More thoughtful analysis of the American EMR experience courtesy of the KevinMD.com website.
It is becoming apparent that more and more EMR users are finding themselves trapped with an EMR that they either did not want, or that they signed up for only because of fire sale prices enabled by government subsidization.
Hmmmm… sounds familiar…
The result is that customer satisfaction is in freefall.
Yet more evidence that the New Brunswick approach of “my way or the highway” is wrong.
Read on to find out why, and how we could do things differently here:
I Despise My EHR, But I’m Still Using It
As the New Brunswick EMR dream of “One Patient, One Record” continues to unravel and costs skyrocket there is growing recognition outside of the realm of the New Brunswick Medical Society that the key to successful and meaningful use of electronic medical records lies in getting disparate systems to talk to each other. It is abundantly clear that we need a variety of EMR software packages to fit a variety of physician needs, and that these products need to be able to exchange data with a minimum of fuss and bother.
Achieving this might be akin to finding the Holy Grail, at least according to a recent article by Dr. Eric Cadesky of Vancouver, published in the June 2015 edition of “Future Practice.” The analogy fits to a degree, but a better analogy might be finding the Rosetta Stone, the original “interoperability engine.”
You can read the full article here: Interoperability: The Holy Grail of EMR’s
The message is clear, and there is a rising tide of voices opposed to the suppression of information sharing as exemplified by the curiously named Data Sharing Agreement between the New Brunswick government and the New Brunswick Medical Society.
Time to step back and rethink the plan. Blindly pursuing a model which relies on a single EMR vendor runs counter to what is best for patients and the medical community. We need interoperability, and the sooner the better. If we are to make any progress toward that goal, we need buy-in on the part of the NBMS and the New Brunswick government.
Sadly, we have neither.
Congratulations, New Brunswick, 58 percent of your doctors cite lack of “compatibility with other electronic systems” as a barrier to accessing electronic medical records. Coincidentally (or not), we are the only province with an ironically named “Data Sharing Agreement” which severely limits access to patient data for a large proportion of EMR users.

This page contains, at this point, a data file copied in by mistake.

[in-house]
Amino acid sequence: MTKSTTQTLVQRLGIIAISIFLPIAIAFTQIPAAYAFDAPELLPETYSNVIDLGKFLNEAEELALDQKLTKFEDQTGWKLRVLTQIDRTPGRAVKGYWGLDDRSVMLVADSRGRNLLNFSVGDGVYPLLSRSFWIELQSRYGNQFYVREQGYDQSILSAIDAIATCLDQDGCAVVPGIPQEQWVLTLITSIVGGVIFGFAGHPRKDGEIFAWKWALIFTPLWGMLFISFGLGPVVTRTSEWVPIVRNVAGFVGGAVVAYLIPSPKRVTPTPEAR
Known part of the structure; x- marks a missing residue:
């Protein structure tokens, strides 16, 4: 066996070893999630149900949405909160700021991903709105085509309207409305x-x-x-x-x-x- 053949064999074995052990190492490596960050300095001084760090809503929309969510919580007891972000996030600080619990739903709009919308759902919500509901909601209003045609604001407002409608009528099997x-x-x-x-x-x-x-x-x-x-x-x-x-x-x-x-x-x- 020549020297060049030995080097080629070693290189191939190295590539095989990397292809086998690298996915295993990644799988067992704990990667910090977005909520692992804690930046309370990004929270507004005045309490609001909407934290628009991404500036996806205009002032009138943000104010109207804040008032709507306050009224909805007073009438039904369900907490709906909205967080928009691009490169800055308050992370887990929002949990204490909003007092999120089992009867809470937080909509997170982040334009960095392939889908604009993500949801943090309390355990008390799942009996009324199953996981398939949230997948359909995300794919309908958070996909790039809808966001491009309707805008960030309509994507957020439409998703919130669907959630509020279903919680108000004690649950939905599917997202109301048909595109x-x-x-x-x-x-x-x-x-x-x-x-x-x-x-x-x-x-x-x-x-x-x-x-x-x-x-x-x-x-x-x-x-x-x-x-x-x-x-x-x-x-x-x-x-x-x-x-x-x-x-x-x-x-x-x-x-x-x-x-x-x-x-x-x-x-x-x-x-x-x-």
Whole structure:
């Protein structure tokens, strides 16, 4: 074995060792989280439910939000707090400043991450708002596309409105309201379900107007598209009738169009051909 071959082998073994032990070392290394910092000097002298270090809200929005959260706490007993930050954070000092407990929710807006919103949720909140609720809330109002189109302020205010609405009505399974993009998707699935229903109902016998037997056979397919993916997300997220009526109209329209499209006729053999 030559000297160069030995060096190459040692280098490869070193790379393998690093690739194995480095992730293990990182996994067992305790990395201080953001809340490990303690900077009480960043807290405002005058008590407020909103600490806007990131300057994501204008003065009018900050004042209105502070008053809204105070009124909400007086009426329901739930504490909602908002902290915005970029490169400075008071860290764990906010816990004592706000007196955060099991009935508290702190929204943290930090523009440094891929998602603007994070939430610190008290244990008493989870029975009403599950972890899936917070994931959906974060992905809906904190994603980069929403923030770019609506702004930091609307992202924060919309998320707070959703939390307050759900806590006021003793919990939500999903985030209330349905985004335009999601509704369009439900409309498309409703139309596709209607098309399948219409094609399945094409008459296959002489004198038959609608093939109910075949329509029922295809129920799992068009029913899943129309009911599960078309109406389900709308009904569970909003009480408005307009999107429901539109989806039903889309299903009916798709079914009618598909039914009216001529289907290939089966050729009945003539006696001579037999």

A full 40% of New Brunswick physicians said access to electronic records was “unsatisfactory,” much higher than even Newfoundland, which came in second with 30.7%. Only 4% of New Brunswick doctors said access was “excellent,” ranking us second worst in the country. Only Quebec scored lower with 3.6%.
Time to smarten up and get with the program, New Brunswick. Information silos are NOT helpful. Interoperability is the way of the future.
Abolish the Data Sharing Agreement now!
More information from the latest National Physician Survey is available here: NPS 2014
Canadian Medical Association President Dr. Chris Simpson wrote this excellent commentary for “Future Practice,” the CMA publication which examines issues related to technology and medicine. Clearly he supports the concepts of interoperability between EMR and EHR systems, and finding a good fit between individual physicians and the EMR products currently available.
Have a read. It seems very straightforward.
Unfortunately, New Brunswick remains mired in a regressive single-vendor environment, promoted jointly by the Department of Health and the New Brunswick Medical Society.
New Brunswick remains the only jurisdiction in the country which bans all but one EMR vendor from digitally linking to provincial health information databases. Patients, doctors, and the I.T. industry are all losers in this regrettable and embarrassing morass.
Kudos to Dr. Simpson for his progressive and intelligent approach.
Building a better EMR